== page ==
Brother David’s fields often stood out from those of neighbors in that his rows were always the straightest, and the tillage was never neglected. He took great pride in being able to lay off rows that looked as if they had been marked with a laser or stretched string guide. I’ve heard other farmers scoff saying that you could get more seed in a crooked row than a straight one, yet I can assure you that deep down inside each of them was green with envy.
Pride in appearance or workmanship seems to be a dying aspect of the American culture. Check out the attire of the average Wal-Martian. Many look like they just finished giving the dog a bath. In the 1960s and ‘70s, patrons of the Navy Exchange/PX or commissary had to wear a shirt with a collar, shorts must be hemmed, and socks must be worn. That was a dress code more stringent than many adhere to in attending church today.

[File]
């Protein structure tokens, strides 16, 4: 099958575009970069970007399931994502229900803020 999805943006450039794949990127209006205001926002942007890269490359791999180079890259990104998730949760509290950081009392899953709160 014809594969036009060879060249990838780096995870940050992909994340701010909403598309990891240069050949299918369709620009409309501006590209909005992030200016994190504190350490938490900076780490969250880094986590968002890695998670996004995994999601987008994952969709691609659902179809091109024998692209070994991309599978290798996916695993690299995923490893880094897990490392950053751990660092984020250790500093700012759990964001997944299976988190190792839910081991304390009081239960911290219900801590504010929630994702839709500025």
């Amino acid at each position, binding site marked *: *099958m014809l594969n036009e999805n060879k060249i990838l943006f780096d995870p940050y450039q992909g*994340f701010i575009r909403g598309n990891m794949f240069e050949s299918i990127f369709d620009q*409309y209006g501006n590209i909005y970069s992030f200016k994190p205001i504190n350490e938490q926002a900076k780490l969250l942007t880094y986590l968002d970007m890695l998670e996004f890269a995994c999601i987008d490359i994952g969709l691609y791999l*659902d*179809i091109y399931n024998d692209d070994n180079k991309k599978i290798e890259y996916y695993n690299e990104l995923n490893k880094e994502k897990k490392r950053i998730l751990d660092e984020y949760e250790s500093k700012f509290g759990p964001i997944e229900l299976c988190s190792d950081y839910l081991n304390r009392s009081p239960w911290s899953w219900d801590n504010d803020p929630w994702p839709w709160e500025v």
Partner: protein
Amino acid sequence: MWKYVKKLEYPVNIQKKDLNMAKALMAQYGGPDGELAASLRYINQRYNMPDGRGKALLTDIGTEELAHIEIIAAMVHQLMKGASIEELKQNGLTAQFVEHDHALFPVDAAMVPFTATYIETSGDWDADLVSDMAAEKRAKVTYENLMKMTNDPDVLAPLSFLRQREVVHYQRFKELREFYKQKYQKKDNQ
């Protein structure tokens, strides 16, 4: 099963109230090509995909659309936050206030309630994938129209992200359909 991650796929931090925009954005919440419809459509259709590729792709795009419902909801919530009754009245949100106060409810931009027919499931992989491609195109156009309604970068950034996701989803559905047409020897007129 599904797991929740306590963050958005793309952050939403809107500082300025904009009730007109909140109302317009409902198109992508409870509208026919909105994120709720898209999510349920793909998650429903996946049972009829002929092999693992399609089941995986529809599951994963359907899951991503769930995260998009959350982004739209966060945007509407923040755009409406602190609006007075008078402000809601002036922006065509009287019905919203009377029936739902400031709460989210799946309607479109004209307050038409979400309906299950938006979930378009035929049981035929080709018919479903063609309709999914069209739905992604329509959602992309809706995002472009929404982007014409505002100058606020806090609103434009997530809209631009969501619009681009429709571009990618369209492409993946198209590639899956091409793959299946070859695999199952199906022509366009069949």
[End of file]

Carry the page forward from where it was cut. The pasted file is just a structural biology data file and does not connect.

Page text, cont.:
Perhaps it is partially because of my many years in a structured military environment, but I mourn the diminished standards for appearance, dress, behavior, and pride in a job well done so pervasive in today’s society. As I trudge along life’s highway, if I have a “long row to hoe,” I prefer that it be a straight one of which I can be proud when I’m through.
Larry M. Jones is a retired Navy commander and aviator who raises cattle and hay in the Brock/Lazy Bend part of Parker County. Comments may be directed to email@example.com.